The Weekly Standard
17 July '10
When Hamas commander Mahmoud al-Mabhouh was assassinated in Dubai last January, and his cause of death later ascribed to foul play, it didn’t take long before the British press found itself the beneficiary of a troika of good copy. First, al-Mabhouh’s end had been delivered by the injection of a muscle relaxant and a suffocating pillow – so clearly the result of a “wet job” performed by well-trained agents of a foreign intelligence service. Second, that service was almost certainly the Israeli Mossad. Third, the movements of the dozen or so disguised suspects throughout the corridors of the murder scene – Dubai’s posh Al Bustan Rotana Hotel – were captured on closed circuit television, which inspires pride and paranoia in equal measure in Londoners who are typically invigilated on this form of technology whenever they venture outside their own homes.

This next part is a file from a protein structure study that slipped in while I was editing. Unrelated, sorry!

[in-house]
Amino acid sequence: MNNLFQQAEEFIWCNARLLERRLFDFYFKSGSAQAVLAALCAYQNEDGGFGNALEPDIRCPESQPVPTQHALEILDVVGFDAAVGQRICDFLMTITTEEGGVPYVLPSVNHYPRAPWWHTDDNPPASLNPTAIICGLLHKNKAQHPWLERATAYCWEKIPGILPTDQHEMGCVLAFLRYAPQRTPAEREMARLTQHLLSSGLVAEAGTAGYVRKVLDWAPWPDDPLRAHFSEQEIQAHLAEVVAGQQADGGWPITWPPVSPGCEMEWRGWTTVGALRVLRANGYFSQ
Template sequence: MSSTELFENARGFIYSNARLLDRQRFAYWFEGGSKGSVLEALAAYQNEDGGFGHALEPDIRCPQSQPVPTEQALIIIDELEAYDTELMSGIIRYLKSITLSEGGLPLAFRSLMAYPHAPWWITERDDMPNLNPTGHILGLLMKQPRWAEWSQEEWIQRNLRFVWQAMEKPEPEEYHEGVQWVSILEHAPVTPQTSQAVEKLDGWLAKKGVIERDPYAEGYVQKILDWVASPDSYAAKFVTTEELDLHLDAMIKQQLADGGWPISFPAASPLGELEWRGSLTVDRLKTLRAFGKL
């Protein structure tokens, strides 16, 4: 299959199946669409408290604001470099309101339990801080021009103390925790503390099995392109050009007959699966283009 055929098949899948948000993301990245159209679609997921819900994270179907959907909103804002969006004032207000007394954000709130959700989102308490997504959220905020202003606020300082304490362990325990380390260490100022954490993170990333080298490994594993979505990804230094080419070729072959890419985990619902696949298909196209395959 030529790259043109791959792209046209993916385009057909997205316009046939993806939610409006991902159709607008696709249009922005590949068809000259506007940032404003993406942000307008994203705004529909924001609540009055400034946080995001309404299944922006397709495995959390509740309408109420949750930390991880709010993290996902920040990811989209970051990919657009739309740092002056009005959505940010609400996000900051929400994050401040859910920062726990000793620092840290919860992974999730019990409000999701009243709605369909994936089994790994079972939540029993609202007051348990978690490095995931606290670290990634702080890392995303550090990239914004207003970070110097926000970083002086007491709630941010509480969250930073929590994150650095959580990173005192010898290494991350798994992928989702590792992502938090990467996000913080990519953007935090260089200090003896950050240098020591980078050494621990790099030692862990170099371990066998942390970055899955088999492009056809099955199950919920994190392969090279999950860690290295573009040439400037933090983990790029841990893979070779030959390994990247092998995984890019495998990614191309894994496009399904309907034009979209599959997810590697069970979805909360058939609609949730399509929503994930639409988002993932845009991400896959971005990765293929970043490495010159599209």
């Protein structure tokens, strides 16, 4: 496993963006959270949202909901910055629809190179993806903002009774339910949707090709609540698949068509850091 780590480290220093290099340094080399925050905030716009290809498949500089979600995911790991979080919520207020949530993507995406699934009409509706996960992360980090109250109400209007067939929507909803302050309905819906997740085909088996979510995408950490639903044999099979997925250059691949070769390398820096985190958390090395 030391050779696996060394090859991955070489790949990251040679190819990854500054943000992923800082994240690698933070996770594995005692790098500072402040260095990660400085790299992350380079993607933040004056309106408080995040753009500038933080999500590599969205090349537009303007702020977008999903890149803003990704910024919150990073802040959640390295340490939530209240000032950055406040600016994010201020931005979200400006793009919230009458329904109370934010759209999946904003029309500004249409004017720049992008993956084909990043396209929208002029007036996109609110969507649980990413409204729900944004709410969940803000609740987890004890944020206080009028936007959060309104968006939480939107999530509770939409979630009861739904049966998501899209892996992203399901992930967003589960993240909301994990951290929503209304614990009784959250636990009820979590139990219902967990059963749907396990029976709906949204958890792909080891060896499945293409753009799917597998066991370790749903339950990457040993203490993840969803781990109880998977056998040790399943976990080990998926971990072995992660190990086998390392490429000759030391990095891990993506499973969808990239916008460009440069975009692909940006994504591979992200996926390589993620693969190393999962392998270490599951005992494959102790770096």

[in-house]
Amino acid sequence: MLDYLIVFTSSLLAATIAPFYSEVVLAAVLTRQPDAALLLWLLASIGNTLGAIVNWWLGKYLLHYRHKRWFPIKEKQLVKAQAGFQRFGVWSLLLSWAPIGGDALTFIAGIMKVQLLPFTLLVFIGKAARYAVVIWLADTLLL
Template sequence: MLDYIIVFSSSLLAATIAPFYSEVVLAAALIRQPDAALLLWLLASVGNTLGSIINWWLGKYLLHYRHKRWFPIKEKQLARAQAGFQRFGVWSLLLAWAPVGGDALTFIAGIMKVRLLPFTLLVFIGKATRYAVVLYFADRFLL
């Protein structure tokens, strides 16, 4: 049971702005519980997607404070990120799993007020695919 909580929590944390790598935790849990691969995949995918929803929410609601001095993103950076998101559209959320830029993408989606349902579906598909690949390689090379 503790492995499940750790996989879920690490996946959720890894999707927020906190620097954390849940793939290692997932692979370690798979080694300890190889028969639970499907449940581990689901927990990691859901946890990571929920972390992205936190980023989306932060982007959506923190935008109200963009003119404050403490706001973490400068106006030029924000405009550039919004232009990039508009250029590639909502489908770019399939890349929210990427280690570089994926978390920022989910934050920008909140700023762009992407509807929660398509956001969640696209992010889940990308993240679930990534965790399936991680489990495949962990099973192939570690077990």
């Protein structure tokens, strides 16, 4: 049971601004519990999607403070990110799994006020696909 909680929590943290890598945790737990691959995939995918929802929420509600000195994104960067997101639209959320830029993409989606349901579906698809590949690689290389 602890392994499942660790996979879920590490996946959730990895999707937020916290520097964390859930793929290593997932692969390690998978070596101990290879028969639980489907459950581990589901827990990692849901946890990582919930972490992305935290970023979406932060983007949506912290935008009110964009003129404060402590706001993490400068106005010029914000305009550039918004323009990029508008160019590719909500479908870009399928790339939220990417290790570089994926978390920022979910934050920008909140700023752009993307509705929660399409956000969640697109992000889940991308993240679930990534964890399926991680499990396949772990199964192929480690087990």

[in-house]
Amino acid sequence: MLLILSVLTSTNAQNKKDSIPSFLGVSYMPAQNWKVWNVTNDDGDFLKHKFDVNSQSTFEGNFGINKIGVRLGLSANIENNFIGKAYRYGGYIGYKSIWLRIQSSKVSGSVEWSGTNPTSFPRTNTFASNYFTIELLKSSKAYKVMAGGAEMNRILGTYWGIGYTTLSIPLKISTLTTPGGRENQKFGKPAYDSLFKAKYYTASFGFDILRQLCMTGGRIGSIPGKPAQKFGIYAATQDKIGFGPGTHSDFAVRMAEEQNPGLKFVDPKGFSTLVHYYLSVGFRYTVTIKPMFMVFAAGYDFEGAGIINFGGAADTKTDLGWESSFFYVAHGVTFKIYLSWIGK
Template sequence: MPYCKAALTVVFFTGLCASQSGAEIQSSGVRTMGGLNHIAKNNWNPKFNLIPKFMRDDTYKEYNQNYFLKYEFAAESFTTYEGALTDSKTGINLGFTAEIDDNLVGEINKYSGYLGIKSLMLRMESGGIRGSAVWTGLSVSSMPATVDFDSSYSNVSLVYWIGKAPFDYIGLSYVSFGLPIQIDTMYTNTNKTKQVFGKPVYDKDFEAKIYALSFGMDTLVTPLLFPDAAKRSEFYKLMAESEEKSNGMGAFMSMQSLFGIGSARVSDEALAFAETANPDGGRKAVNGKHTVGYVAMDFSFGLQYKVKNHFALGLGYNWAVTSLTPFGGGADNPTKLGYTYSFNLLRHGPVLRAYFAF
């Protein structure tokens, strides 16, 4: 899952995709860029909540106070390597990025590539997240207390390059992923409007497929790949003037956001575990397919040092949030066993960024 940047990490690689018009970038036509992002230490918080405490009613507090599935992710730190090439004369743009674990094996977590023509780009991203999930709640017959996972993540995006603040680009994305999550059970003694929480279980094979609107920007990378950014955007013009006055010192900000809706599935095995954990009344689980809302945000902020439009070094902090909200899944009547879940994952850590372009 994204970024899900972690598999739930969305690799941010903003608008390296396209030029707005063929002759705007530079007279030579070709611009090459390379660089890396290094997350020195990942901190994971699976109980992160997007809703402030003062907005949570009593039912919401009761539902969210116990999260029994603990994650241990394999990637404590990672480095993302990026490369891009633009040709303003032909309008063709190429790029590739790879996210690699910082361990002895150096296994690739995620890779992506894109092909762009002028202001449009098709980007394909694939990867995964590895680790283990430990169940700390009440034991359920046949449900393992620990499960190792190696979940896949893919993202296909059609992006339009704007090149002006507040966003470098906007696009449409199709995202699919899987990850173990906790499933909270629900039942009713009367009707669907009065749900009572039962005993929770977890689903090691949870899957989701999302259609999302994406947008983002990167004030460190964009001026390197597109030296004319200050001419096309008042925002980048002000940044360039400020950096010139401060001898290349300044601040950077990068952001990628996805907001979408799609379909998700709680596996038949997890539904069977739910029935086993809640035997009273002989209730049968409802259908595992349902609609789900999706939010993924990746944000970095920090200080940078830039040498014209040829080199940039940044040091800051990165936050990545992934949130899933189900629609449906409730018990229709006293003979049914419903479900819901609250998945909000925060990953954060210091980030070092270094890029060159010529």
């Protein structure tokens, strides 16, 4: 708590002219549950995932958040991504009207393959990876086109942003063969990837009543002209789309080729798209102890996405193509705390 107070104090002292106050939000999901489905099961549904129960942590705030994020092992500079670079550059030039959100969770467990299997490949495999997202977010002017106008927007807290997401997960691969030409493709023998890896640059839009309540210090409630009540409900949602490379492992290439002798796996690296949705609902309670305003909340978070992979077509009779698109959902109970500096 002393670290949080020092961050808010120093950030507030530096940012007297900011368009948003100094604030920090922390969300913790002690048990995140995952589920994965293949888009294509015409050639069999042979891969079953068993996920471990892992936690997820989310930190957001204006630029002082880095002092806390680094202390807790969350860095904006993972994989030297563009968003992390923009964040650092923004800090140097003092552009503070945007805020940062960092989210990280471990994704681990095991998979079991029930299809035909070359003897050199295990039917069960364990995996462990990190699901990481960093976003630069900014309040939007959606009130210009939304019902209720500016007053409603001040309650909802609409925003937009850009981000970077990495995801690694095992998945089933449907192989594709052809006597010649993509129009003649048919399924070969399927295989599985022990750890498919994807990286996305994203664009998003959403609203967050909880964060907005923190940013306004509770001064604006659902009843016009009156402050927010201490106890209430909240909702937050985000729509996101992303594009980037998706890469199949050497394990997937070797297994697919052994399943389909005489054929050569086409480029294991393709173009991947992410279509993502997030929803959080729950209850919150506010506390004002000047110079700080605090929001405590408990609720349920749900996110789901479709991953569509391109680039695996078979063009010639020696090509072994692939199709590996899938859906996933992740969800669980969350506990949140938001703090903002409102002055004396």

International condemnation of Israel’s alleged action came swiftly, and perhaps nowhere more so than in the United Kingdom, especially after it was discovered that twelve of the assassins had used forged British passports to enter and leave Dubai. Former Prime Minister Gordon Brown said at the time, “The British passport is an important document that has got to be held with care. A British passport is an important part of being British.” Brown’s foreign secretary David Miliband went a step further on March 23, calling the forgery “intolerable” in an umbrageous speech before parliament.
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